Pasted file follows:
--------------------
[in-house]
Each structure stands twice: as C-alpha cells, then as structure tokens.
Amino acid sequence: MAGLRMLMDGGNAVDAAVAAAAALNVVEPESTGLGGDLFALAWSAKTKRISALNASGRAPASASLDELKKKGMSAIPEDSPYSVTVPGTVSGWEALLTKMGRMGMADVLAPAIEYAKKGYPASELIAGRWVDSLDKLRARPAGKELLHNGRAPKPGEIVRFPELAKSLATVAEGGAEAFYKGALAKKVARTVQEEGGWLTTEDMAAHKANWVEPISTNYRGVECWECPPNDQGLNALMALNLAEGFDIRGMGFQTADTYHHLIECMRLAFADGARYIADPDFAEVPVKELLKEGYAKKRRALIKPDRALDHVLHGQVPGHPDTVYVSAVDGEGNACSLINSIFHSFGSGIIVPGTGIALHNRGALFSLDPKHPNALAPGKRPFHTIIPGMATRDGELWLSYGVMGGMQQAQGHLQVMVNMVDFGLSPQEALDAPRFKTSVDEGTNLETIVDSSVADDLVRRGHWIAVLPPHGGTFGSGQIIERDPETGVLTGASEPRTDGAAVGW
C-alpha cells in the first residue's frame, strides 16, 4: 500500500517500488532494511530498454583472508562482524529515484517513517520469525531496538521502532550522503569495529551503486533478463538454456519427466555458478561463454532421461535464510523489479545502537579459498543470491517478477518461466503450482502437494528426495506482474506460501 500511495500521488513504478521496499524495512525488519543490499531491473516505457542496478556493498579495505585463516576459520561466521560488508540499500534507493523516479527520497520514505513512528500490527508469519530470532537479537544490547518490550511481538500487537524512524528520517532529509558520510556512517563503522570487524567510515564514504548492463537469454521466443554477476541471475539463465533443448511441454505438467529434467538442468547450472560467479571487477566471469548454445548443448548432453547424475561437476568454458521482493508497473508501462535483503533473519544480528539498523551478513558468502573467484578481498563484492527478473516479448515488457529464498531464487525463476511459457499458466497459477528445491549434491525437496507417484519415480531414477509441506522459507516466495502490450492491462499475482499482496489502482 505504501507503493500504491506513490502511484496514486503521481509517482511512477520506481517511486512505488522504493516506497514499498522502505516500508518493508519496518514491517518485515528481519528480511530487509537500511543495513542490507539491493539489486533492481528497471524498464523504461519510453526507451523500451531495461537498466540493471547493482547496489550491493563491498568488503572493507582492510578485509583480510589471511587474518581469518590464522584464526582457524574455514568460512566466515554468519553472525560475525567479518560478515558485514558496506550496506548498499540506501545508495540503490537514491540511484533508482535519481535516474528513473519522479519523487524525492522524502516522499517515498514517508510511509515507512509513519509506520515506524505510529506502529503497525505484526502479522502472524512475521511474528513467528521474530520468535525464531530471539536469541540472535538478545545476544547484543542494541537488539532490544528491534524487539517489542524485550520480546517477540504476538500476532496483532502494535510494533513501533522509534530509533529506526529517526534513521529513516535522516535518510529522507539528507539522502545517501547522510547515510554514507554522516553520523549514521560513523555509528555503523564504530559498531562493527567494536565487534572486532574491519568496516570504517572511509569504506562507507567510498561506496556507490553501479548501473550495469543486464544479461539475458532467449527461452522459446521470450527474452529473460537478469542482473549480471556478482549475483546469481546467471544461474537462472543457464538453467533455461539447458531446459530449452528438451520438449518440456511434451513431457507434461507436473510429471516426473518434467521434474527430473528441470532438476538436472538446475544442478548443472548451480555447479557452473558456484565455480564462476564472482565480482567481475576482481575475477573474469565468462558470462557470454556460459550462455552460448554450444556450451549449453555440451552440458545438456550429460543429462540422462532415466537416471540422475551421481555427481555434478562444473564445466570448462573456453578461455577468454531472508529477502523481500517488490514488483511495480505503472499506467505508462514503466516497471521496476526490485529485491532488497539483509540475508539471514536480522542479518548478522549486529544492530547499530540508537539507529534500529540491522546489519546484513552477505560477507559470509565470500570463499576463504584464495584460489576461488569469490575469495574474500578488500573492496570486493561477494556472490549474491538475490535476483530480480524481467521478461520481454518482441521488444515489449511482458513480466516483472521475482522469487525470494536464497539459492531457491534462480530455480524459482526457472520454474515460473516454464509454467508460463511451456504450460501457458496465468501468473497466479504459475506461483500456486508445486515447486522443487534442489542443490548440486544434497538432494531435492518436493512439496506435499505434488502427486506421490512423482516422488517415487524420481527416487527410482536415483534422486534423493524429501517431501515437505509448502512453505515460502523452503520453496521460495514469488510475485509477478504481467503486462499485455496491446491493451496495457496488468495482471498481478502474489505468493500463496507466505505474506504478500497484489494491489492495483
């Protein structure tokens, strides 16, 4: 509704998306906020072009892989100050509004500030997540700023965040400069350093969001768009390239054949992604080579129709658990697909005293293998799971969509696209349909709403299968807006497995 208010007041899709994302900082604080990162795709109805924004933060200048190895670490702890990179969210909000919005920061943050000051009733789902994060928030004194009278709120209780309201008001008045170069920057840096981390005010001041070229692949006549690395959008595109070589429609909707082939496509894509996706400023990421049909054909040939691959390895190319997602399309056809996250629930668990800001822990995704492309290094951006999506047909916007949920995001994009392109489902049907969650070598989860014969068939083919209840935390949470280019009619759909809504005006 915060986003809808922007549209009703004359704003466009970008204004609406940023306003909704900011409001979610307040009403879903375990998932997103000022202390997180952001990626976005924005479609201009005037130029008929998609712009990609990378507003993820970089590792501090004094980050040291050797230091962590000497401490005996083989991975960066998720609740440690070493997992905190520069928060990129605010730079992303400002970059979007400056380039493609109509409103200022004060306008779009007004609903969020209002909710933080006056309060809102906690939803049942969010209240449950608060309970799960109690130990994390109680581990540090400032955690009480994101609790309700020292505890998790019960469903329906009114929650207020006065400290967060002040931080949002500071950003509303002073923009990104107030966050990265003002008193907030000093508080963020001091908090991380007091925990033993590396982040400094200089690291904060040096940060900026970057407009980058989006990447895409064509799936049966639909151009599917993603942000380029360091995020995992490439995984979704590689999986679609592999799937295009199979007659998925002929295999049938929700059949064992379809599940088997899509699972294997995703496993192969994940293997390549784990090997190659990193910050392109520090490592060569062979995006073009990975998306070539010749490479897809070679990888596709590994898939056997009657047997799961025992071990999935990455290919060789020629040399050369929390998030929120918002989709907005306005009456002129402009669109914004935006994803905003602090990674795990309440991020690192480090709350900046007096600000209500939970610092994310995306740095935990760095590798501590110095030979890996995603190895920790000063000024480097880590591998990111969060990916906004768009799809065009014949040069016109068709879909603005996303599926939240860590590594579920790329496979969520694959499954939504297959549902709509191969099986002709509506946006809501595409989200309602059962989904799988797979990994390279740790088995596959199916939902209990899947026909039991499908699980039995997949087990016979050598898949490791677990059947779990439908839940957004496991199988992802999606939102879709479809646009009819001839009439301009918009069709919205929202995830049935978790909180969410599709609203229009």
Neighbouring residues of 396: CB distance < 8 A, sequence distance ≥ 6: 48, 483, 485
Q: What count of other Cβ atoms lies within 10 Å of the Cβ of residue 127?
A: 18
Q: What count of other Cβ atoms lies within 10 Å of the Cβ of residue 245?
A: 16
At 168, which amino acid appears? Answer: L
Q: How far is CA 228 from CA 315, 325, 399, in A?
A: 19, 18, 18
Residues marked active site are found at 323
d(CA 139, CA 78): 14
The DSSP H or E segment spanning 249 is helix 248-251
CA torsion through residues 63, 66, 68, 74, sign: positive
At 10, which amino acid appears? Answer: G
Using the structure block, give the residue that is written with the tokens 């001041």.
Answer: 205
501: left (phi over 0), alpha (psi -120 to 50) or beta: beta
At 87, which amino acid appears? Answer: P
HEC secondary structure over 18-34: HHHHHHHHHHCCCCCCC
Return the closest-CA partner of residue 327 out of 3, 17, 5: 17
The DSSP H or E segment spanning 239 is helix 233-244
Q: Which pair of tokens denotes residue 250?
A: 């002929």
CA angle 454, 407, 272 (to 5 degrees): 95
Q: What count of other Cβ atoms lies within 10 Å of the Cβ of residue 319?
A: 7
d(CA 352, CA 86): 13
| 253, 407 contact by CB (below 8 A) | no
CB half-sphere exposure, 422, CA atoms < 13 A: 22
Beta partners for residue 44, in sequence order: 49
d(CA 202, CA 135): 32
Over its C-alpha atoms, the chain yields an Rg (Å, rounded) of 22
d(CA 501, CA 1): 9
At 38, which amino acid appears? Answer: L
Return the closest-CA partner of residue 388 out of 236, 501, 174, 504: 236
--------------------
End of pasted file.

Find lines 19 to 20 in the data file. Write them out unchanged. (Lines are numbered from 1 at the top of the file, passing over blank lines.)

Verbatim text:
Using the structure block, give the residue that is written with the tokens 């001041």.
Answer: 205